Thursday, August 2, 2007

Cultural groups and academics take over social networking sites

OK, not really, but has a Facebook account now, MySpace has a group called "multimedia electronic literature and art: the subversive and avant-garde" and a number of the edgier arts and academic groups have MySpaces, such as Worm, in R'dam, and the C'Lick Me festival has a MySpace. And of course many people are on Linkdn--me, Henry Jenkins, several folks from De Waag Society. Of course some people have the "excuse" that they are researching social networking sites, so they have to register, but I do find it creepily addictive, or would if it were my only way of connecting to people.

Yes, the debate has run for years and years about whether socializing online isolates you or the reverse, and I'm not going to get into it here (which means I'm going to get into it some, but not a lot). I think that most of the time, the extent to which people socialize online reflects the the extent to which they socialize generally, with some specific exceptions, such as GLBT people who have no local community, or members of an ethnic diaspora, or something like that. (and in fact, a Pew study on internet use finds this as well). Ok, I have to find the link to that study...meanwhile, according to the latest Pew quiz, I am an "omnivore" when it comes to ICT. That means that along with 8% of Americans (who unlike me are in their 20s!) I use ICT "voraciously" for all kinds of things, including socializing.

And I do fit the pattern they report; I am usually very sociable in person as well--as any of my colleagues will attest having wasted enjoyed chatting with me at length while I (at least) am escaping some actual work. On the other hand, I'm not so fond of mobile devices, or rather, of what some people assume my having them means--that I will always be available. But some people even assume that about email. --Just say "no" to instant responses.

Anyway, what I've noticed is that when I have many avenues available for socializing, I don't care so much about doing it a lot on line--face to face is always nicer, when possible. During those times I just email or chat with people I just can't see because they are too far off--and even then we send pictures back and for or maybe skype also.

But, when I get so busy that I can't actually meet up with people, or when everyone is away, or whatever, then I find I am far more focused on email and other online contact, and even get quite agitated if I try contacting a bunch of people and no one answers. And then of course I feel like an idiot, because what am I, 12? Do I seriously think someone is shunning me? No, so why worry? Which leads to the next question; after how many days is it reasonable to worry that a) someone is ignoring you on purpose, or b) he or she has met with some misfortune? And is it different between friends as compared to professional connections? --Of course these questions are hardly unique to the ICT age; "waiting for a call" is a widely recognized scenario; Neil Gaiman recently published a really funny poem about it, and it could just as easily be about waiting for email, or IM, or text-messaging.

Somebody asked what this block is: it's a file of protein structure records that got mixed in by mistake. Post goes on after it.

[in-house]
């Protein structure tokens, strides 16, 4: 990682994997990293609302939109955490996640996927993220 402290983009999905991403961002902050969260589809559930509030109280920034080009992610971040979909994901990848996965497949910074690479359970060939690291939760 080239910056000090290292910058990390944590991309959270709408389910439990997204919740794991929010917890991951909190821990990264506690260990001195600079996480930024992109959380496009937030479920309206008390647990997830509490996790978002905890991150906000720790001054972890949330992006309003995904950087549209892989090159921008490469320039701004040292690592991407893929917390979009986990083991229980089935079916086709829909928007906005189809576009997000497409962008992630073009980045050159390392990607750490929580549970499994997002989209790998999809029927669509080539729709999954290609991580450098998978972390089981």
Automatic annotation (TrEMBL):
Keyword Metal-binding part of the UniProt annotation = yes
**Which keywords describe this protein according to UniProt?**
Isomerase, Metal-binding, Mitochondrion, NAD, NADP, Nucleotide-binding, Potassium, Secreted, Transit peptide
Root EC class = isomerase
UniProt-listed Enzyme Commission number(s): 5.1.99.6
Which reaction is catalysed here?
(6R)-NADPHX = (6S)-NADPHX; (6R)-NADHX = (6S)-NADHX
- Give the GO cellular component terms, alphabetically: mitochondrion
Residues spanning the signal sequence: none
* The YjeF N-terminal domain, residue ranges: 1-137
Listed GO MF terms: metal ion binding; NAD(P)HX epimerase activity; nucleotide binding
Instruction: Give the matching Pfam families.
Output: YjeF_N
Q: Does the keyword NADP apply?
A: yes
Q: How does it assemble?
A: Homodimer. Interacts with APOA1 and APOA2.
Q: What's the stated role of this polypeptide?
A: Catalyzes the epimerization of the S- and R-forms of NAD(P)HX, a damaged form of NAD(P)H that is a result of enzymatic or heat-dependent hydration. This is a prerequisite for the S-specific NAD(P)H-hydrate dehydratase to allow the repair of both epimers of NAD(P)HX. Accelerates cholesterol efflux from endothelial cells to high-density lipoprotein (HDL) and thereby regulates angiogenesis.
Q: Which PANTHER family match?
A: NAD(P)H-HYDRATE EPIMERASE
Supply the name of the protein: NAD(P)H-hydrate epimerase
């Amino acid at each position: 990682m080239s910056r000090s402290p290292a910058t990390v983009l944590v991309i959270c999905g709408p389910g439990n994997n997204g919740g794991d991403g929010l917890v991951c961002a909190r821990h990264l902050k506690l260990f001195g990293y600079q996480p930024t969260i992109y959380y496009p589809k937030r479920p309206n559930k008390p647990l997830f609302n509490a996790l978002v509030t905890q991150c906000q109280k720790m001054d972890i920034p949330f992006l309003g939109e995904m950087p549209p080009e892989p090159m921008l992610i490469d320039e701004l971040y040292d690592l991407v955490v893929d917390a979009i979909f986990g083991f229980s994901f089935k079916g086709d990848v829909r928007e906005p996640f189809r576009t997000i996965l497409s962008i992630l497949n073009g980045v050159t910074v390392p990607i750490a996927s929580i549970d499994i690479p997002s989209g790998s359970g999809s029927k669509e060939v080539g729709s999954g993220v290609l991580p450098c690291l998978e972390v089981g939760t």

So I was originally talking about academics and social networking, and my point is, that while some might say they just do it for research, I think most of us end up rather enamoured of the whole business. It's rather flattering to see that some people link to my page--it affirms that my sifting through the sea of information is yielding at list some value. And knowing that people are linking to that actually makes me feel a certain sense of responsibility; I know how disappointed I've been when I find that a really useful site is no longer being updated. Maybe it's not creepy (maybe that's only me ;-) but it's certainly interesting. Or maybe that's also only me...

And does this mean teens all over the US (at least) are going to become all saavy about critical theory and computers too? You are now entering the twilight zone...

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